The Tennis Players

(Literary Masterpieces, Volume 12)

Lars Gustafsson is well-known in Sweden as a poet, novelist, radio and television dramatist, and critic. Only two of his novels, however, have been translated into English. The first, The Death of a Beekeeper (1978), is an account of a retired schoolteacher who has cancer, a story that is rendered through the teacher’s diaries. In that novel, the teacher, who becomes beekeeper, elaborately ignores the physical symptoms of his disease (as well as the letters from the hospital) by immersing himself in the chores and seasonal rhythms of a rural, Swedish existence. As one would expect with such a novel, its tone is gently reflective and sometimes comic, but always touching.

By contrast, The Tennis Players (published in Sweden in 1977 as Tennis-spelarna) is a zany tale about a visiting Swedish professor’s summer at the University of Texas. The novel pokes gentle fun at the sacred traditions of the American academy, and at various American scenes, yet it maintains a sense of admiration for the fact that these things exist in America. Although Lars, the narrator, is Swedish, he is not bent on cataloging the strangeness of the Texans around him. Lars does go to some trouble to explain baseball, to describe a Frisbee, and to characterize the reserve police, but the appeal of his tale does not depend on a cataloging of what America comprises but rather on recounting with open admiration the craziness of the Texans around him and particularly those at the academy. When the various conflicts of the story are resolved in unusual fashion, Lars’s response sums up his feelings, describing the Texans as “more interesting people than a European thinks to start with. Australian aborigines and desert Arabs look different. You look like us, dress like us, but actually you’re a strange, fascinating people.”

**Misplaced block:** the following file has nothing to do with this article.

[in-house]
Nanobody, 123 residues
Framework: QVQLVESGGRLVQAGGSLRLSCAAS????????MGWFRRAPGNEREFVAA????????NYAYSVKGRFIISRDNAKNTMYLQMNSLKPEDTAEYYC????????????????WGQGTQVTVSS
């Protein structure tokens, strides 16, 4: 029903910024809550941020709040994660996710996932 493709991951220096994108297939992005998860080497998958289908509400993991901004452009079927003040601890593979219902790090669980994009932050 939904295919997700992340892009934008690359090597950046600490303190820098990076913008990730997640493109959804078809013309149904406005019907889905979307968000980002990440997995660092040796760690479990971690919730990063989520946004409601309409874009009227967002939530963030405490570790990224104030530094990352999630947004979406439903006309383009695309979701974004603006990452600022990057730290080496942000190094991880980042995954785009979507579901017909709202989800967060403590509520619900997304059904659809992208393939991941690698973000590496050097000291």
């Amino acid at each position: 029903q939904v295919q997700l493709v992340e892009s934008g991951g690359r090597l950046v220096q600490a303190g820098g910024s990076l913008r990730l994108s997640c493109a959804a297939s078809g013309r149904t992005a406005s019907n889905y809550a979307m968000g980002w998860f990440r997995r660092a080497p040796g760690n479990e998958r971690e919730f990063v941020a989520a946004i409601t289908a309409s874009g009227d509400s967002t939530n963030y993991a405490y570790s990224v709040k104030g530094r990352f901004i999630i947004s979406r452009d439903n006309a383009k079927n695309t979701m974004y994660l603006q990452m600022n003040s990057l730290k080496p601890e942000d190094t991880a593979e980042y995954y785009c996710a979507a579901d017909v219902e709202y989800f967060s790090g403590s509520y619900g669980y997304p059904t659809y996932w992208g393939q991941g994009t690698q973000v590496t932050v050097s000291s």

In coming to this realization that Texans are a “strange, fascinating people,” the narrator has captured the Americanness of summer school and the particular quality of summer school in Texas: Frisbees float across the college’s lawns and cowboys from the College of Engineering pack Texas Instruments calculators like six-guns. He captures, too, the pace and the opportunity for casual encounter that characterize summer schools everywhere.

Against this summer-school setting, Gustafsson weaves a particularly madcap set of circumstances. The central conflict in the novel is the challenge to August Strindberg scholarship made by one of Lars’s seminar students, a black man who has discovered an obscure chemistry book which suggests Strindberg’s behavior in Inferno (1898) was not imagined fear. This challenge leads to a computer collating of Inferno and the obscure Memoirs of a Chemist to try to corroborate events in both works. Fortunately for Lars and all other Strindberg critics, the collation is lost in the immense mind of the Southern Air Defense District’s computer...

(The entire section is 1208 words.)


(Great Characters in Literature)

Booklist. Review. LXXIX (March 15, 1983), p. 945.

Kirkus Reviews. Review. LI (January 15, 1983), p. 75.

Library Journal. CVIII, April 15, 1983, p. 840.

Los Angeles Times Book Review. August 28, 1983, p. 8.

McKnight, Christina Soderhjelm. “Two Contrasting Images of America in the 1970’s: P.O. Enquist and Lars Gustafsson,” in Scandinavian Studies. LVI (Spring, 1984), p. 196.

Publishers Weekly. CCXXIII (February 11, 1983), p. 64.

Sandstroem, Yvonne L. Review in World Literature Today. LII (Summer, 1978), pp. 479-480.

Updike, John. “As Others See Us,” in The New Yorker. LIX (January 2, 1984), pp. 87-88.

Voltz, Ruprecht, ed. Gustafsson lesen, 1986.